PRECIOUS-Gold recovers lost ground as dollar steadies, stocks retreat

    * Gold stabilizes after biggest drop in two weeks on Friday
    * Equities pull back from record on U.S. tax plan jitters
    * GRAPHIC-2017 asset returns:

 (Updates prices; adds comment, NEW YORK dateline, byline)
    By Renita D. Young and Jan Harvey
    NEW YORK/LONDON, Nov 13 (Reuters) - Gold recouped some of
the previous session's hefty losses on Monday as the U.S. dollar
steadied and uncertainty over a U.S. tax reform plan stoked risk
aversion, pulling equities from their recent record highs.
    Prices remained stuck in a narrow range, however, as
investors awaited more clues on the path of U.S. interest rates.
    Spot gold        was up 0.2 percent at $1,279 an ounce by
1:41 p.m. EST (1841 GMT), while U.S. gold futures        for
December delivery settled up $4.70, or 0.4 percent, at $1,278.90
per ounce. 
    The metal has remained broadly within $15 an ounce of its
100-day moving average, currently at $1,277 an ounce, for most
of the last month. 
    Gold fell 0.7 percent on Friday in its biggest one-day drop
since Oct. 26, weighed down by a rise in U.S. Treasury bond
yields. Yields rose, steepening the yield curve, as traders
closed out some curve-flattener positions.      
    While the increase in yields supported the dollar early on
Monday, it later pared gains. Stock markets also took a step
down as uncertainty over a U.S. tax reform deal pushed them
further away from recent record highs.                   
    "The downside risk may be outweighing upside risk,
particularly if the U.S. legislators cannot deliver the often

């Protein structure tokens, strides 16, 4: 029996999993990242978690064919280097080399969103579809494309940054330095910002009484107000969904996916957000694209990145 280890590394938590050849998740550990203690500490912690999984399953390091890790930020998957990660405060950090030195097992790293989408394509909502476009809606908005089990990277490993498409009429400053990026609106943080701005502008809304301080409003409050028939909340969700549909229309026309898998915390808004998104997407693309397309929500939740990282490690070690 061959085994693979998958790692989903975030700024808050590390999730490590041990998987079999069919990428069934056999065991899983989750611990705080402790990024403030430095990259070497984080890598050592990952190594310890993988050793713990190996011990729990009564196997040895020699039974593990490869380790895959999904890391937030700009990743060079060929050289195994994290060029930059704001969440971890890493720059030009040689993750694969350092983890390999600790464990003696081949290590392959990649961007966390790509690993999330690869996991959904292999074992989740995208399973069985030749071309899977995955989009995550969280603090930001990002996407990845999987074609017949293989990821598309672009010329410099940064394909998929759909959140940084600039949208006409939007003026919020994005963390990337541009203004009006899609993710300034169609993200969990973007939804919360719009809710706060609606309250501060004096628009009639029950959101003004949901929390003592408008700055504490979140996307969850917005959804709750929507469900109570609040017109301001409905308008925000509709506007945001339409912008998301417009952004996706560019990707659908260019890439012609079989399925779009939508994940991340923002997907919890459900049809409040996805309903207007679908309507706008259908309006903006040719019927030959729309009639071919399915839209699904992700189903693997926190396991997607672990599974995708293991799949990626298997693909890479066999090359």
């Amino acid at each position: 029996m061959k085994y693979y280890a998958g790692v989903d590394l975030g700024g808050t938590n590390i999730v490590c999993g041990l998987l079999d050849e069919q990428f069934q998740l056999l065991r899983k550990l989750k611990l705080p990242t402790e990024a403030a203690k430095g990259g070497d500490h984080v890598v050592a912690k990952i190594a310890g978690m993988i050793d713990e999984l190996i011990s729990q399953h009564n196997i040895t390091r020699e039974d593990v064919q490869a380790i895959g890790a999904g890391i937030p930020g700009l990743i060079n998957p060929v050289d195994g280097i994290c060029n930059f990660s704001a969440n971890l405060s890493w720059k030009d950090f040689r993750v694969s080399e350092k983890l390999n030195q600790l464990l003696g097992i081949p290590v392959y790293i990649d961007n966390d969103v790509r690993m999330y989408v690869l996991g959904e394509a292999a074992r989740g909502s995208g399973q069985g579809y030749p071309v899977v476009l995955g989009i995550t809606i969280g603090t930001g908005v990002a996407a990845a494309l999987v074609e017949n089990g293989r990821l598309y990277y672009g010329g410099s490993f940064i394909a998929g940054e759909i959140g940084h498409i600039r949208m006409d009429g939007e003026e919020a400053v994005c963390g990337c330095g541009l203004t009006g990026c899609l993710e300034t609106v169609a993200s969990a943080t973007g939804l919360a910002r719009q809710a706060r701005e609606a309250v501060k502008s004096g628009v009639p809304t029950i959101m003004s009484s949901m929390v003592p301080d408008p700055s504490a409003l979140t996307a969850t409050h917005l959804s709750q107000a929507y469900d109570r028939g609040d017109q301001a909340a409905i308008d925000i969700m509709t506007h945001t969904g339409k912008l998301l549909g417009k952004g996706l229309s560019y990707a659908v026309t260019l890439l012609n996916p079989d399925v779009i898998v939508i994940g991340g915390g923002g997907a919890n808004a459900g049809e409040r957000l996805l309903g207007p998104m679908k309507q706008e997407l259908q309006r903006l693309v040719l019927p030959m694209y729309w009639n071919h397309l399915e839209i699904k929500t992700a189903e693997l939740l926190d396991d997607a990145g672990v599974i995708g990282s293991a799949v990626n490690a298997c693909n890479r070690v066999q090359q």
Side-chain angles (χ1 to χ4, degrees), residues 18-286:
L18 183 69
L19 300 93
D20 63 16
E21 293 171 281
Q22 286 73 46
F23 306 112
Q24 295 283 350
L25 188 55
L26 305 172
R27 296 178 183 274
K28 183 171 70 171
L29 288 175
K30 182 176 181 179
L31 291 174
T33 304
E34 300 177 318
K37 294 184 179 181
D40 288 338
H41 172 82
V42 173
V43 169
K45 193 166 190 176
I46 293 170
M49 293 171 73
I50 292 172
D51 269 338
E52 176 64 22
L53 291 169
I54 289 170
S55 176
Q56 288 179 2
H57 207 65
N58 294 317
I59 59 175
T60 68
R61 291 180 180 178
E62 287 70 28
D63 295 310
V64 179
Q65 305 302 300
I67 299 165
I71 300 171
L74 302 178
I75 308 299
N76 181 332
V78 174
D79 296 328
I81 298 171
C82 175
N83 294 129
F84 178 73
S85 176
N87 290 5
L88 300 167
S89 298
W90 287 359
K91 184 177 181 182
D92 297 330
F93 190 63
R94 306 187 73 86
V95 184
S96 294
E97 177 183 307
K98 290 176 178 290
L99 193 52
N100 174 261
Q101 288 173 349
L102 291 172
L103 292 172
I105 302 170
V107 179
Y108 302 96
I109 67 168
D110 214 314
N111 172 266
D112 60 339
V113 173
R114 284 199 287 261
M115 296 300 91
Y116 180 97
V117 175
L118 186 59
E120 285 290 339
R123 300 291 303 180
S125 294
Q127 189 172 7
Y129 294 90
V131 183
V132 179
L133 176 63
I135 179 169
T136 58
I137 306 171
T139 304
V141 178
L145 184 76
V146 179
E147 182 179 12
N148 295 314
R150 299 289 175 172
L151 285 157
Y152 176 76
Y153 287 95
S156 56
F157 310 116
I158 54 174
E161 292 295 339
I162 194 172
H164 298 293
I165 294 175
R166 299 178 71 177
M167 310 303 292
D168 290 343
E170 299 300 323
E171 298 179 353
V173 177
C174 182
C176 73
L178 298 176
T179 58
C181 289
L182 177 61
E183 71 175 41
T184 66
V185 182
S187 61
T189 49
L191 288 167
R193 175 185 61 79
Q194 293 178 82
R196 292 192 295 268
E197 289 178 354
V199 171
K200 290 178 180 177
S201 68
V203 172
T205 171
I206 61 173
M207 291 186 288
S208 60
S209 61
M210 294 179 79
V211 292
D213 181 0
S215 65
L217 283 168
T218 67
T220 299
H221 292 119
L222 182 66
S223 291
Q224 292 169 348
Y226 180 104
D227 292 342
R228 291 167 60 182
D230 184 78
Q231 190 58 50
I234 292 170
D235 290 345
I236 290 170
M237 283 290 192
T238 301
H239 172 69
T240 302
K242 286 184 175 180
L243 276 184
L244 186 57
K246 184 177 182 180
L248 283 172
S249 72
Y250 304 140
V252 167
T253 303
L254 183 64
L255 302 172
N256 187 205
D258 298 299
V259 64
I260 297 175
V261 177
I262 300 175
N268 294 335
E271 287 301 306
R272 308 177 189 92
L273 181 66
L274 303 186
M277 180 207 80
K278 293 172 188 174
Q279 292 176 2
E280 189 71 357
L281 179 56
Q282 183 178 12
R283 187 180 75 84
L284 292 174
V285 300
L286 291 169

talked about and promised tax cuts," said Bart Melek, head of
commodity strategy at TD Securities in Toronto.
    Gold has been supported this year by geopolitical risks such
as the North Korea's nuclear ambitions, but a range of
headwinds, from dollar strength to expectations for rising U.S.
rates, have kept it pinned in a range.
    "There is a bit of safe-haven demand still supporting
prices, but no new additional demand coming in, which means that
prices aren't really moving," Capital Economics analyst Simona
Gambarini said.
    "I think some movement will come closer to the next Federal
Reserve meeting in December," she added. "Most markets expect a
rate hike ... that could be what prompts prices higher or lower,
depending on what happens."
    Gold is highly sensitive to rising U.S. interest rates, as
these increase the opportunity cost of holding non-yielding
bullion, while boosting the dollar, in which it is priced.
    Among other precious metals, silver        was up 0.9
percent at $17.05 an ounce. Platinum        was up 0.8 percent
at $933.40 an ounce and palladium        was down 0.4 percent at
$990.40 an ounce.

 (Additional reporting by Vijaykumar Vedala and Arpan Varghese
in Bengaluru; editing by Louise Heavens and Tom Brown)